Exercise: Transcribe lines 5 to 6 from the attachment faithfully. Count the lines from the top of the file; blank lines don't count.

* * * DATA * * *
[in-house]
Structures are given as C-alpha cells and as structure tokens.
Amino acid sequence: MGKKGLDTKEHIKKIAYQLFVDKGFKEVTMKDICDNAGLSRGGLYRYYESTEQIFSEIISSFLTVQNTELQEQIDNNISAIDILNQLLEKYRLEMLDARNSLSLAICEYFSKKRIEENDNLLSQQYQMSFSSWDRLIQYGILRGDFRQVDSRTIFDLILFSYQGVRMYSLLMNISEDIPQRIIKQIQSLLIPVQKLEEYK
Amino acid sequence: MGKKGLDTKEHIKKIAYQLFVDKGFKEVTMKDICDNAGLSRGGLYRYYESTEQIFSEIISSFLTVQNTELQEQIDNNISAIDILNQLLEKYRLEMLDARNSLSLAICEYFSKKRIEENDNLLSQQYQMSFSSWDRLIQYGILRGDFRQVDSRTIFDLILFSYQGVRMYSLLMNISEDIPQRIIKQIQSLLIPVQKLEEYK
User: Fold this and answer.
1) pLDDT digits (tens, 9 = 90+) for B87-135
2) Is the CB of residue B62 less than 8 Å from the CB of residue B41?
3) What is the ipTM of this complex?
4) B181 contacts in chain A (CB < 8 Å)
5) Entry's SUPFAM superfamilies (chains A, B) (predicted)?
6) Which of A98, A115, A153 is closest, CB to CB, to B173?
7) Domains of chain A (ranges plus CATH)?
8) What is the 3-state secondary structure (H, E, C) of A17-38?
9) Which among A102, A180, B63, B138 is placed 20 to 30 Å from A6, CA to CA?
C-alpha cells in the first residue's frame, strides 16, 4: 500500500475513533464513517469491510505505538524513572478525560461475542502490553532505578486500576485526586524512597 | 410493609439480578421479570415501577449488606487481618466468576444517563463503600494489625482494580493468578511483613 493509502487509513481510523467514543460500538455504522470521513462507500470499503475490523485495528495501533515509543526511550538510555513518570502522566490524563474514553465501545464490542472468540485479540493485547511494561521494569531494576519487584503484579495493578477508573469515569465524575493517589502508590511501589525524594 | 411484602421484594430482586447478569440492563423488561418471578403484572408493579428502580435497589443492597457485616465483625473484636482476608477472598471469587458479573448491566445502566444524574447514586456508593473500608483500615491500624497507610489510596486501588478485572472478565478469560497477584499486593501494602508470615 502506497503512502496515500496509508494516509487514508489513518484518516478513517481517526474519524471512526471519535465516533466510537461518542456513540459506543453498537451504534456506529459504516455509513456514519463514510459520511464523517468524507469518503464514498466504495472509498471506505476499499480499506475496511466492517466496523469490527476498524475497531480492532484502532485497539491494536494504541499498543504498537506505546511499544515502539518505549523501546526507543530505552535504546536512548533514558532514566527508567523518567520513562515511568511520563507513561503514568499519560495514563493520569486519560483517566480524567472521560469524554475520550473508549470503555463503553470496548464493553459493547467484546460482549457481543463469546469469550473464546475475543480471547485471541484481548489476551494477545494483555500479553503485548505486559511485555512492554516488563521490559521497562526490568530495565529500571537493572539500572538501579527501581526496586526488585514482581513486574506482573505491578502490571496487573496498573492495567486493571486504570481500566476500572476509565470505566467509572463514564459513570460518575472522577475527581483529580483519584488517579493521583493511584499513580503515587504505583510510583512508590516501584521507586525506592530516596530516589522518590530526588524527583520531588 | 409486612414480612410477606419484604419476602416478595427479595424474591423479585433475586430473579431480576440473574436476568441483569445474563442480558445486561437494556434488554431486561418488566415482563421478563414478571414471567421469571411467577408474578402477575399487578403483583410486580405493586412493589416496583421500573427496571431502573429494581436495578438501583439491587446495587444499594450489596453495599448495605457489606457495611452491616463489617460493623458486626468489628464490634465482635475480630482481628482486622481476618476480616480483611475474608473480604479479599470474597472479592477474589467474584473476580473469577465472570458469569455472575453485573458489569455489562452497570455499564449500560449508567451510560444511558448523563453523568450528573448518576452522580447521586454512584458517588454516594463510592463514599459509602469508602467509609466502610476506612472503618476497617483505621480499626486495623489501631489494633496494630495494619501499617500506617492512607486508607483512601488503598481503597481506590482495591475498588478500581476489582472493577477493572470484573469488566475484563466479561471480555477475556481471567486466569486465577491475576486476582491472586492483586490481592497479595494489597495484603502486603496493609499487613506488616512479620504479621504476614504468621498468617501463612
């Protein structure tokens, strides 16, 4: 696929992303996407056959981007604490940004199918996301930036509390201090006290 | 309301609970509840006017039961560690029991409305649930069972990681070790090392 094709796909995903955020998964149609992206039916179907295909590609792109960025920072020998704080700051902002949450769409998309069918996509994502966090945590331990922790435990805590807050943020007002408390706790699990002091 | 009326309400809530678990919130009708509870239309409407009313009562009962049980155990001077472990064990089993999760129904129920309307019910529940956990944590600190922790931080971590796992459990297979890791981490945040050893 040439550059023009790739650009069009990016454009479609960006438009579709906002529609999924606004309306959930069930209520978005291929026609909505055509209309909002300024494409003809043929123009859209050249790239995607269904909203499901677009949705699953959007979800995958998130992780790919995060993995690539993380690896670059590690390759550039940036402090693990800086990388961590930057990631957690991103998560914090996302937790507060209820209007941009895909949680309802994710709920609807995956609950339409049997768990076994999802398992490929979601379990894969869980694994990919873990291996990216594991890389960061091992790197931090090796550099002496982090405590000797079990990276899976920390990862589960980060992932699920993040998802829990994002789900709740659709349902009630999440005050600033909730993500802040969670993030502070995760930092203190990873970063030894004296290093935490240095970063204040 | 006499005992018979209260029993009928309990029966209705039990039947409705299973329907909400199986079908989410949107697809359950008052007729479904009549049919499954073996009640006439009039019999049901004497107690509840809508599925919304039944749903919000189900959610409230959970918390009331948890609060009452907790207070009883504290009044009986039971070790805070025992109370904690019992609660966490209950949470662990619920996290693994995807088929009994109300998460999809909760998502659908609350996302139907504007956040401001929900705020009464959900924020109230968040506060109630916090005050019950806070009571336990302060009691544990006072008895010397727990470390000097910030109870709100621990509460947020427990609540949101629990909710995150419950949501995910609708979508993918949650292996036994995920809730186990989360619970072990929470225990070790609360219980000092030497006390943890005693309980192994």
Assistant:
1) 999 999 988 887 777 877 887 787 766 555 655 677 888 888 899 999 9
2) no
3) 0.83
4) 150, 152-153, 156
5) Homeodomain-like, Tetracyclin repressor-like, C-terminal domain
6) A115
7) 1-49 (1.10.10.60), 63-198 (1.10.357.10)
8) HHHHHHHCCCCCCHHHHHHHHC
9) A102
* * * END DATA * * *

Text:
User: Fold this and answer.
1) pLDDT digits (tens, 9 = 90+) for B87-135